• Call Time Out before it is too late. Tell your partner you need a time-out (for yourself) before you say or do anything that may hurt the relationship. Know your own warning signs so that you can call a time-out early in the process; you may feel flushed, begin crying, notice your voice rising, or begin crying. The longer you wait to call a time-out, the longer it will take to soothe and be ready to come back.
  • Your Time Out should be a pause… but not too long! Your partner may feel like you are walking out on him/her, so agree to reconnect in 30 minutes after a Time Out is called. If you find yourself needing more time after a half hour, communicate that need to your partner, and set a specific time when you will reconnect.
  • Use Time Out to soothe.  Calm yourself down and try to clear your mind so you can come back and communicate clearly and effectively. Ways to soothe include: focusing on deep breaths, going on a run, listening to peaceful music, taking a drive, cuddling a pet, or a participating in a creative outlet.
  • Write during Time Out. Some of us are able to work through our feelings by writing them down, which also enables us to convey said feelings to our significant others. Try using “I” statement to take ownership of your feelings to help you understand why you felt those feelings and needed a Time Out. “I” statements look like this: “I feel ______ because of _______”; or, “When you did ______, I felt _____.”
  • Come back! Come back to your partner once you have soothed, written down your feelings and have a plan on how to stay grounded when reconnecting with your partner. You each should then take turns reading your written-out feelings with your partner, while the other simply listens and then repeats back what they have heard. This is not a time for a rebuttal or to defend yourself!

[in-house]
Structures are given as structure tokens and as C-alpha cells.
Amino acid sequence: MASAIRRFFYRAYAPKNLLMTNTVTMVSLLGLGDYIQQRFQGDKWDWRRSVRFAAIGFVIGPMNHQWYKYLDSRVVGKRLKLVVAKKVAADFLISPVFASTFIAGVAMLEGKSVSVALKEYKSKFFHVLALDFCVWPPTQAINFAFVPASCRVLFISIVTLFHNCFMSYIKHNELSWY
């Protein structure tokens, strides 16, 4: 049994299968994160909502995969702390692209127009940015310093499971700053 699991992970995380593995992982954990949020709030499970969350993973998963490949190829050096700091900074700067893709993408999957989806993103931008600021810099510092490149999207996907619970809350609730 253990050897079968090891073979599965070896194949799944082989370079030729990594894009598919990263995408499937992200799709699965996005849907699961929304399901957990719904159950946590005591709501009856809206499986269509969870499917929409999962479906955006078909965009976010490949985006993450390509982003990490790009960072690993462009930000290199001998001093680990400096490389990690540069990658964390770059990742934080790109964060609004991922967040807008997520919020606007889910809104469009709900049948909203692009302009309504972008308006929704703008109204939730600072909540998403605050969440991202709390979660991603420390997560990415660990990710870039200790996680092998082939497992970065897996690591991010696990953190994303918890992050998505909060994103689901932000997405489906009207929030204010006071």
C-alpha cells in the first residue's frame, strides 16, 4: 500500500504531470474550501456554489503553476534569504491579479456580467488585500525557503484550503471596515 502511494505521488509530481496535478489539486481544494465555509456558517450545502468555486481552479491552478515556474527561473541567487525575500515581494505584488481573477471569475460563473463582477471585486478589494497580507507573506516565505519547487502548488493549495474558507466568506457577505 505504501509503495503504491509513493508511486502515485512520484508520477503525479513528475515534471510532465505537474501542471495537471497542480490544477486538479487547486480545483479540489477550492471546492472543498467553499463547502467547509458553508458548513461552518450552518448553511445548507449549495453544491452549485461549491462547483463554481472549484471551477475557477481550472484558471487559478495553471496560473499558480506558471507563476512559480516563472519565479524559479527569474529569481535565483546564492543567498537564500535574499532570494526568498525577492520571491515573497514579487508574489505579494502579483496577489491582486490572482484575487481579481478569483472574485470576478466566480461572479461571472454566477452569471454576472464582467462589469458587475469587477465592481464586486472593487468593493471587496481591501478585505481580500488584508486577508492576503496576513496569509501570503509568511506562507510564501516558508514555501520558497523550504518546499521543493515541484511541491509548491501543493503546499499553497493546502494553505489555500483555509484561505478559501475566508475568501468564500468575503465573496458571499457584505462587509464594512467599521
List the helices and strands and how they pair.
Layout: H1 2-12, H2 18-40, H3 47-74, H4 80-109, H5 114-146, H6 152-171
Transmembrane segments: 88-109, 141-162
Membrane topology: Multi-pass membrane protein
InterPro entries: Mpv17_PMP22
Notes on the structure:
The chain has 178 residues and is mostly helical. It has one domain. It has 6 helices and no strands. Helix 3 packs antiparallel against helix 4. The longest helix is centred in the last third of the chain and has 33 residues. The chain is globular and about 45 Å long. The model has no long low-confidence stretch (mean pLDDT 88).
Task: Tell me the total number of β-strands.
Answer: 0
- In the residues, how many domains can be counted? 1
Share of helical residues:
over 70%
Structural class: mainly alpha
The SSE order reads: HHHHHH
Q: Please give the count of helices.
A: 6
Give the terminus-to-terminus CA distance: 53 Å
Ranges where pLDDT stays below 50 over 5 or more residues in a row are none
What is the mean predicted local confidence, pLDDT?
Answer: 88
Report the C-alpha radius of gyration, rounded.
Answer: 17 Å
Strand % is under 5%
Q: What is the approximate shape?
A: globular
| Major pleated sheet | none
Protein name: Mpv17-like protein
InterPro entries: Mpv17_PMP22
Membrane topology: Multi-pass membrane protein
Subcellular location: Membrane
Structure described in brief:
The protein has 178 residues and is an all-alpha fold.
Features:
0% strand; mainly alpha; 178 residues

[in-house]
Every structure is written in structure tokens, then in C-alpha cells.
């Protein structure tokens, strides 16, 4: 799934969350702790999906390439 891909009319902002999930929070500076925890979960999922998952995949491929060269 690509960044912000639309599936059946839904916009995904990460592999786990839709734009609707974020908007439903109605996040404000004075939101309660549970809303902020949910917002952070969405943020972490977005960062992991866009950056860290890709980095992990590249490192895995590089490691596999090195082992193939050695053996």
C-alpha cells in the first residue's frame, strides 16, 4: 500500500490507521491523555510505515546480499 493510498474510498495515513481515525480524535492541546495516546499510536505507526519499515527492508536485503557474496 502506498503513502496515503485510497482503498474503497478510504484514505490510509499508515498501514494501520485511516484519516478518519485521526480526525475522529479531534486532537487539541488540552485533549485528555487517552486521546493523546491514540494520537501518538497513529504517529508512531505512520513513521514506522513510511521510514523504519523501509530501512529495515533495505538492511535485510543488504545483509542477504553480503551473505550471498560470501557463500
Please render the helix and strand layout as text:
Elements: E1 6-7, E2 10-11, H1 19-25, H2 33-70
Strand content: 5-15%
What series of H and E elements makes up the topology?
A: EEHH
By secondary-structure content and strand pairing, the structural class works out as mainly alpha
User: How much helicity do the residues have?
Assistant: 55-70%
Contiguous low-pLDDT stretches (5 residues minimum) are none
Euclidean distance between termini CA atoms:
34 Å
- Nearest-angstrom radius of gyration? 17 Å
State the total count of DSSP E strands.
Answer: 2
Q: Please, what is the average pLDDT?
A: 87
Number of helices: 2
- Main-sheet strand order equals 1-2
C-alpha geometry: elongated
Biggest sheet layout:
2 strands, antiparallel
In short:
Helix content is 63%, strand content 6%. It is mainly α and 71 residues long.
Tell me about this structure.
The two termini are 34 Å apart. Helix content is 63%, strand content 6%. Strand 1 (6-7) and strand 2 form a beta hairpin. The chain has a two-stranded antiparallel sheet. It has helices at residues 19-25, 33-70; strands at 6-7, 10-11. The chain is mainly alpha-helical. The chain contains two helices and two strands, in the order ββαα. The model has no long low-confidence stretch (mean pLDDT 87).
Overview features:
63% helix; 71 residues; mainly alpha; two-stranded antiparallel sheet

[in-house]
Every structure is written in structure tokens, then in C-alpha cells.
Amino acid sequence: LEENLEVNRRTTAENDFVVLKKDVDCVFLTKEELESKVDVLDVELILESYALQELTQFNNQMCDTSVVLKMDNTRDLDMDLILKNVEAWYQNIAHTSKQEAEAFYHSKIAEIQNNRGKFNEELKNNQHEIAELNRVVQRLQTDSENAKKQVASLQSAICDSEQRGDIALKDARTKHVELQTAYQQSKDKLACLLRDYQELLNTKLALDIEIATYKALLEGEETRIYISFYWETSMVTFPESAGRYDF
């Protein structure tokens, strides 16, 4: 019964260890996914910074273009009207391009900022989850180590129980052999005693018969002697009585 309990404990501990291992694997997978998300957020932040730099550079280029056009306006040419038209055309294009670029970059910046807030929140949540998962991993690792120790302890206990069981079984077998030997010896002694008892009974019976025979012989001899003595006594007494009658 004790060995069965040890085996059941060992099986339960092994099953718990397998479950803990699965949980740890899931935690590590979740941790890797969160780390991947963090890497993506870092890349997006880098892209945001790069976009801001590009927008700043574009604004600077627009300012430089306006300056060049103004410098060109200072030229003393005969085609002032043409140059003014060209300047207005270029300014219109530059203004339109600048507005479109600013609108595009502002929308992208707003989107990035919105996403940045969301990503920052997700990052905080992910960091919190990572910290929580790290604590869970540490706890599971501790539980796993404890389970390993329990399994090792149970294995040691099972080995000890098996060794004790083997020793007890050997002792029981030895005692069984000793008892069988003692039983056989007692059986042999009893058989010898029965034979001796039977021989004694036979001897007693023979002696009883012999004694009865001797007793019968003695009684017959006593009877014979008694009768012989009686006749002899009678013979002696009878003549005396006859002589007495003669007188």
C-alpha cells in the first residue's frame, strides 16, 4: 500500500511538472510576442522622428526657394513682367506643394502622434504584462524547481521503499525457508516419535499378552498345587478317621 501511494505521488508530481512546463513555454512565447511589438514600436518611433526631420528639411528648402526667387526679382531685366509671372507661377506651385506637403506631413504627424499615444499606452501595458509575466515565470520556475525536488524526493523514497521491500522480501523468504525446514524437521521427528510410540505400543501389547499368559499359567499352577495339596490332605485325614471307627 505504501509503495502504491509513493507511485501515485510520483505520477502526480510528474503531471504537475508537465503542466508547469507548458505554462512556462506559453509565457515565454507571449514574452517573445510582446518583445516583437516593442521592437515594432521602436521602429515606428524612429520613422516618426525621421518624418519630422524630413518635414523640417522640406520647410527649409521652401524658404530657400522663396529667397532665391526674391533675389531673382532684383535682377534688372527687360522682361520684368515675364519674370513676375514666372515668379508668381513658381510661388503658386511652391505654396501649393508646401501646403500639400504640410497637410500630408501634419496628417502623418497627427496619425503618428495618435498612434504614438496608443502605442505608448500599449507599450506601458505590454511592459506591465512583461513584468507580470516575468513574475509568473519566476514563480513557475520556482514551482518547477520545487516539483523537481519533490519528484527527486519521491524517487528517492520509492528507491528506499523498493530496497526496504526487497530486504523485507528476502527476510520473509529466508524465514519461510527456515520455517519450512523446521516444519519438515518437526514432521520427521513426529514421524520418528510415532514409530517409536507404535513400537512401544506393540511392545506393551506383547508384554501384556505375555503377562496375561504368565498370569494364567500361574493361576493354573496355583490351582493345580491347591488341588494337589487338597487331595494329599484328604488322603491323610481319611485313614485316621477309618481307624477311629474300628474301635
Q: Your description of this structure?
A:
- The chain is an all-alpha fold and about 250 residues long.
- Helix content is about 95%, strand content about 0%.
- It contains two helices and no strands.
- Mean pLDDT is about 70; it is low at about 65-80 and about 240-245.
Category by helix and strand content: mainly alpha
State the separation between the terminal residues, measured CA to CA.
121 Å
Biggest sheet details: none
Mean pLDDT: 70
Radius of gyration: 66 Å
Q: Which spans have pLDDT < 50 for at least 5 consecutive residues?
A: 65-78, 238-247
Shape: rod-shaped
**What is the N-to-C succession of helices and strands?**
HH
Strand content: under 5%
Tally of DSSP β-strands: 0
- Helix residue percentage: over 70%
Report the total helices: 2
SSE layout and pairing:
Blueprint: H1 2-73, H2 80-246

When you use time-outs effectively, you will be amazed at how recurring arguments you and your partner seem to have suddenly disappear. You will find that you not only have deeper understanding of your partner, but you are also practicing healthy communication tools that will apply to and improve all aspects of any relationship. Remember that this kind of success is possible but will take time; if you do not succeed at first…keep trying!  I have helped innumerable couples with couple resolution, and am confident in my ability to help you and your partner communicate more effectively and peacefully. Should you find you need more immediate attention, please contact me today or schedule your first session for help tailored specifically to your situation.

Melissa Cluff is a licensed marriage and family therapist based in Lewisville, Texas, personally seeing clients in the North Dallas area.

Resources:

Dear Partner of a Sex Addict, I See You. Keep Going!

Partner of a Sex Addict - Cluff CounselingEvery second 28,258 users are watching pornography on the Internet. And for every person in a relationship that is addicted to pornography, there is a devastated and betrayed partner. If this is you, and you feel powerless to help your partner, here are some things you can do to be supportive through your partner’s addiction recovery.

Scores of people are falling prey to the readily available and easily accessible pornography that floods our media. Understandably, pornography can be a gateway to sex addiction, which can consume and control the thoughts, actions, and eventually the life of its host. I see countless couples and individuals who are either seeking refuge from their own sex addiction or that of their partner. While I advocate for the addict, I also have a very tender place in my heart for the secondary survivor, or the partner of the addict.